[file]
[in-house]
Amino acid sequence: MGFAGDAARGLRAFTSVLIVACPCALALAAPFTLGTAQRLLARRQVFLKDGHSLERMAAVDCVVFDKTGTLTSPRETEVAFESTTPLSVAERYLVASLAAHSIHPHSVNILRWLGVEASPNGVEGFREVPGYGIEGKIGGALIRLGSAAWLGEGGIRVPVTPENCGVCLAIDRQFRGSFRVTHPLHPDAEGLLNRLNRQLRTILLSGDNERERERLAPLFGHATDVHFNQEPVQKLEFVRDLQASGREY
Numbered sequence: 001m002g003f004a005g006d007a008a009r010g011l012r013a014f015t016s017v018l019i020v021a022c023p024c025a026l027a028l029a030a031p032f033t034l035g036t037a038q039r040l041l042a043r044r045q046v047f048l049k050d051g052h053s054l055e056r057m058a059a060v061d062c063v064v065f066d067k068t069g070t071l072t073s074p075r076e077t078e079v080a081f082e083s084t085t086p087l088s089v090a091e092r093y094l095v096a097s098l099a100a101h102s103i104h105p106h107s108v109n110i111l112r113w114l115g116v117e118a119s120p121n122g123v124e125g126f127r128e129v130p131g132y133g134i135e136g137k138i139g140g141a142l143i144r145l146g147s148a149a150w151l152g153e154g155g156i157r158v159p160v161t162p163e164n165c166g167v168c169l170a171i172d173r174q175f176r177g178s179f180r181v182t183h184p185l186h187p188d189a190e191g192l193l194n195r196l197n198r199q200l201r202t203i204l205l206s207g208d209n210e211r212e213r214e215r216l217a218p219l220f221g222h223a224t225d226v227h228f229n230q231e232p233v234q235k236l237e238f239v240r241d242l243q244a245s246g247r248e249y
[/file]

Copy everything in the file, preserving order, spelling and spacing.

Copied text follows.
[in-house]
Amino acid sequence: MGFAGDAARGLRAFTSVLIVACPCALALAAPFTLGTAQRLLARRQVFLKDGHSLERMAAVDCVVFDKTGTLTSPRETEVAFESTTPLSVAERYLVASLAAHSIHPHSVNILRWLGVEASPNGVEGFREVPGYGIEGKIGGALIRLGSAAWLGEGGIRVPVTPENCGVCLAIDRQFRGSFRVTHPLHPDAEGLLNRLNRQLRTILLSGDNERERERLAPLFGHATDVHFNQEPVQKLEFVRDLQASGREY
Numbered sequence: 001m002g003f004a005g006d007a008a009r010g011l012r013a014f015t016s017v018l019i020v021a022c023p024c025a026l027a028l029a030a031p032f033t034l035g036t037a038q039r040l041l042a043r044r045q046v047f048l049k050d051g052h053s054l055e056r057m058a059a060v061d062c063v064v065f066d067k068t069g070t071l072t073s074p075r076e077t078e079v080a081f082e083s084t085t086p087l088s089v090a091e092r093y094l095v096a097s098l099a100a101h102s103i104h105p106h107s108v109n110i111l112r113w114l115g116v117e118a119s120p121n122g123v124e125g126f127r128e129v130p131g132y133g134i135e136g137k138i139g140g141a142l143i144r145l146g147s148a149a150w151l152g153e154g155g156i157r158v159p160v161t162p163e164n165c166g167v168c169l170a171i172d173r174q175f176r177g178s179f180r181v182t183h184p185l186h187p188d189a190e191g192l193l194n195r196l197n198r199q200l201r202t203i204l205l206s207g208d209n210e211r212e213r214e215r216l217a218p219l220f221g222h223a224t225d226v227h228f229n230q231e232p233v234q235k236l237e238f239v240r241d242l243q244a245s246g247r248e249y